Five Eye-Opening Insights on How People View Websites

Video Transcript: Hi! I’m Julia McDowell, marketing and advertising strategist with Five Ones. Thanks for watching The High-Five: Nonprofit Marketing Ideas. This is my second video in an ongoing LinkedIn series. Today’s topic: Five Eye-Opening Insights on How People View Websites—and how to use them to better engage with your nonprofit’s website visitors.

Now, I’m no web developer. I know just enough HTML to fix basic problems, but as a marketer it is my job to understand how websites work so I can guide the web work that is always part of marketing campaigns. (And if you don’t have a landing page or microsite as part of your campaigns, let me subtly suggest to get on the train!)

Have you heard the expression, “You never get a second chance to make a first impression”? Studies show that it takesless than a second on your website for someone to form their first impression of your brand. And you thought high school was judge-y?!

Even the most-viewed sections of a webpage only have a few seconds to catch a visitor’s attention, meet their needs and convey your nonprofit’s value. The average web visitor reads 28% of the words, 79% of users say they scan, and research has shown that readers fixate on sections of your site for only 2.6 seconds before moving on. Those seconds can mean big differences in the number of members, donors and beneficiaries you have. So make the best use of page elements that draw the first, and relatively longest, looks—based on eye-tracking research.

Here’s the High-Five:

One: the top-left corner of a site gets attention first and longest. Most people read from left to right. And, when consuming website content, they do so in two short horizontal glances followed by a vertical one. Some studies call it “the F-pattern;” others, “the golden triangle.” Whatever you call it, the top-left 25% of a webpage is your site’s most valuable real estate. What to put there? A) Your logo—the star of your nonprofit’s brand imagery. B) Your main navigation (more on that in a second). And C) Your mission statement: your nonprofit’s “why.” For great examples of mission statements, see my first video, Five Essentials for Building a Standout Marketing Brand.

Two: the main navigation can make or break a site visitor’s decision to engage further. Make it easy for your website audience to find what they need. How?

  • Make your main navigation bar either top-horizontal or left-vertical. As just mentioned, the top-left quarter of a webpage gets eyeballs first and longest. I know there are lots of new fancy hamburger and dual menu designs out there. I like them, they’re pretty, but they don’t work for every website. Just be discerning before you make a choice.
  • Your main navigation may also require a drop-down menu. Okay! But does each of those dropdown options [say as if cringing:] really need its own dropdown menu? And then another one, Russian nesting-doll-style? Simplify, so your website visitors don’t have to dig too deep.
  • If the main navigation is your website’s roadmap, consider a “Search” box its GPS. Site visitors who need to cut to the chase, or have specifics n mind, may want to use onsite search functionality from go. Let them!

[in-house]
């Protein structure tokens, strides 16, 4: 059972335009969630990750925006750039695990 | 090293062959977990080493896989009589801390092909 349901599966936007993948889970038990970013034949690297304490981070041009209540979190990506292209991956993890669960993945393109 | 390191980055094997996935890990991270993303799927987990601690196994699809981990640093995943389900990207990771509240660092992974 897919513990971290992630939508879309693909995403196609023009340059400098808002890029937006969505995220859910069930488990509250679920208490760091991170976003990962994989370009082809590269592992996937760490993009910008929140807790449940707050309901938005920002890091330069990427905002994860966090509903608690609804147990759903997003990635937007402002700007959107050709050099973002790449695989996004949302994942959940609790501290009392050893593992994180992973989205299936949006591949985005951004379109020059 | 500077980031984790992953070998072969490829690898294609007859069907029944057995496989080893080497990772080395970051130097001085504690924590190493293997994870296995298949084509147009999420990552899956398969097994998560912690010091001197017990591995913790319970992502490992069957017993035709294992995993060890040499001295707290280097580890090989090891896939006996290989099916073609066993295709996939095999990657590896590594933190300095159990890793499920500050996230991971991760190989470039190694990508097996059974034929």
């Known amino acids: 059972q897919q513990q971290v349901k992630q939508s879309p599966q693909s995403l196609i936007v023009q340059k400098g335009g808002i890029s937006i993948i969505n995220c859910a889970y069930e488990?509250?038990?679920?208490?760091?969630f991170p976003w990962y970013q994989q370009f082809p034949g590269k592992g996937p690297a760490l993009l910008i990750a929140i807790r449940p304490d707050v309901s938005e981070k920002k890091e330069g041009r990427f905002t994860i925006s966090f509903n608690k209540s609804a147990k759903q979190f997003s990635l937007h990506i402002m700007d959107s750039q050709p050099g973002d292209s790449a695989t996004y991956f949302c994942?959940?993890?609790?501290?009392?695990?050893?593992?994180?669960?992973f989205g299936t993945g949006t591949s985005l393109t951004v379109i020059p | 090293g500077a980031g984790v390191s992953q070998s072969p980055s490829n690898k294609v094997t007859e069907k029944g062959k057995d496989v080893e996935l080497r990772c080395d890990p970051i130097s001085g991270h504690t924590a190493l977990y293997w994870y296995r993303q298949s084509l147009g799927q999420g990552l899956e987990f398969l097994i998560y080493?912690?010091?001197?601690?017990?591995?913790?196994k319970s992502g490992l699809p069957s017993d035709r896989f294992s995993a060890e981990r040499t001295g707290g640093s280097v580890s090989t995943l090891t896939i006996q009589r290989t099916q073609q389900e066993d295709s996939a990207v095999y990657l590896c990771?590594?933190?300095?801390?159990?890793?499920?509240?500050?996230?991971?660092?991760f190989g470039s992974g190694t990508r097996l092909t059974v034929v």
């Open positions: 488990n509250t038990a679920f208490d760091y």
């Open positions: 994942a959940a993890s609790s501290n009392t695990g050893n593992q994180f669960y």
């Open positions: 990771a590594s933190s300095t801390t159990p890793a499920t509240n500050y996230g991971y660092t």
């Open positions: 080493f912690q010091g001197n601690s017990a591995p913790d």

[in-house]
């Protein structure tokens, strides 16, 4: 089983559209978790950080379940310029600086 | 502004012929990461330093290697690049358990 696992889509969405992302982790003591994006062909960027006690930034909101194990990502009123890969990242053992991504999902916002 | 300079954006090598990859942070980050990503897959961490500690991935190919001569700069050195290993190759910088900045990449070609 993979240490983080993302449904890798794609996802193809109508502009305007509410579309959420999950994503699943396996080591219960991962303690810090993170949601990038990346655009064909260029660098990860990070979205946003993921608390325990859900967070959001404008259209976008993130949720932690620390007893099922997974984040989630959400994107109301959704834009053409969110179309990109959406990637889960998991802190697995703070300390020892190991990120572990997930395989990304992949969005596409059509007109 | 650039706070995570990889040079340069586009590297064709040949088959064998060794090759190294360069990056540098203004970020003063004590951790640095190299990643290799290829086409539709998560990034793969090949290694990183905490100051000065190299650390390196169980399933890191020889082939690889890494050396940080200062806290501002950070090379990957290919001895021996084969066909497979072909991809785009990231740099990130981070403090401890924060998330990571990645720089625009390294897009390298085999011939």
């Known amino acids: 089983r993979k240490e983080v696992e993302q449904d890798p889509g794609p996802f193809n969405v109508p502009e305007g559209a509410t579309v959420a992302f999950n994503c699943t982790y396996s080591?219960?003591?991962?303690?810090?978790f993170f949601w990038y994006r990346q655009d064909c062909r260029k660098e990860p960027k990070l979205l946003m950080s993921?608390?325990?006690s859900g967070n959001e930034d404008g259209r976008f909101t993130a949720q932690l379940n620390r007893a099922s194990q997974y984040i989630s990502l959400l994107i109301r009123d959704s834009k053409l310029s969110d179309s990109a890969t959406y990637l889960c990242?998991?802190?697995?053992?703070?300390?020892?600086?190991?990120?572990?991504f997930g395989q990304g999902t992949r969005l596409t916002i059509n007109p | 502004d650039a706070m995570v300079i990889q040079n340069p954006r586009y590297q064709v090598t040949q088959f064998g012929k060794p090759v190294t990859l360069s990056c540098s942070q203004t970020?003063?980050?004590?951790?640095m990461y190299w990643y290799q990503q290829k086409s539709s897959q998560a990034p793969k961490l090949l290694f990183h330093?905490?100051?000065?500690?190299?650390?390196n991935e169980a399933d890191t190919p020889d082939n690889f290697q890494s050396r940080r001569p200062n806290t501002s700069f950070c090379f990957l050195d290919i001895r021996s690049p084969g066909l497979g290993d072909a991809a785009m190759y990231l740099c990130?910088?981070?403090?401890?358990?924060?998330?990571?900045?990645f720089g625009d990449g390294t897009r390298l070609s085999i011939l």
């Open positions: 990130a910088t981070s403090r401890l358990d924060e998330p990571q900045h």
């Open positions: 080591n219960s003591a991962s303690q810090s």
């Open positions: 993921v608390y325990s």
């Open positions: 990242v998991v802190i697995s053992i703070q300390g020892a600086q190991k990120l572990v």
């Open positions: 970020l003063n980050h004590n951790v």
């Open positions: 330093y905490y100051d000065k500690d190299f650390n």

Three: a picture is worth a thousand words. In the game of glances, a website page’s main image noses out its written content for the win. To bolster your nonprofit’s brand and inspire website visitors to delve further, keep a few things in mind.

  • A large, attractive image tests best. No surprise there.
  • But, Keep it real. Research shows that photos of [make air-quotes gesture] quote-unquote [say with some emphasis] regular, normal people get more attention than ones with people who look like models. Keep that in mind when casting for a photo shoot or selecting stock photography. Chrissy Teigen will understand.

Four: Written content counts. It may be slightly less “grabby” than a webpage’s main image, but copy plays a big part in convincing a site visitor to further engage. Convince them that it’s worth their time with these tips.

  • To see what your nonprofit’s website has to offer, people won’t read it—they’ll scan it. Think about the F-pattern, so calls-to-action and headlines should be brief and front-loaded with meaning. Don’t waste a word.
  • Keep your copy blocks short, too. And—if you have a chance to replace a paragraph with a bulleted list—take it.
  • Use frequent headers and subheads to break up page content. It will make it easier for your website visitors to find what they need as they skim. Once they do, then they’ll read.

Five: Bottoms-up! True, the top-left quarter of your website gets the first and longest looks. That said, what’s at the bottom of your site can also compel your viewers to act. Make the most of their time and your space.

  • Compel people to scroll down! Have a page-element straddle the fold so website visitors intuitively know to scroll down.
  • Put your nonprofit’s social media handles at the bottom of your website as encouragement for people to engage with your brand elsewhere, too. (People expect this placement) Also, consider adding social proof—testimonials from your nonprofit’s members or beneficiaries. They’re like word-of-mouth advertising on your organization’s credibility.
  • Finally, website visitors are conditioned to expect contact information at the bottom of a site. Even if you have it elsewhere, put contact info down south, too.

Thanks for watching The High-Five: Nonprofit Marketing Ideas! Do you have a question about my 5 Eye-Opening Insights on How People View Websites? Email me at, leave a comment below or message me on LinkedIn. See you next time!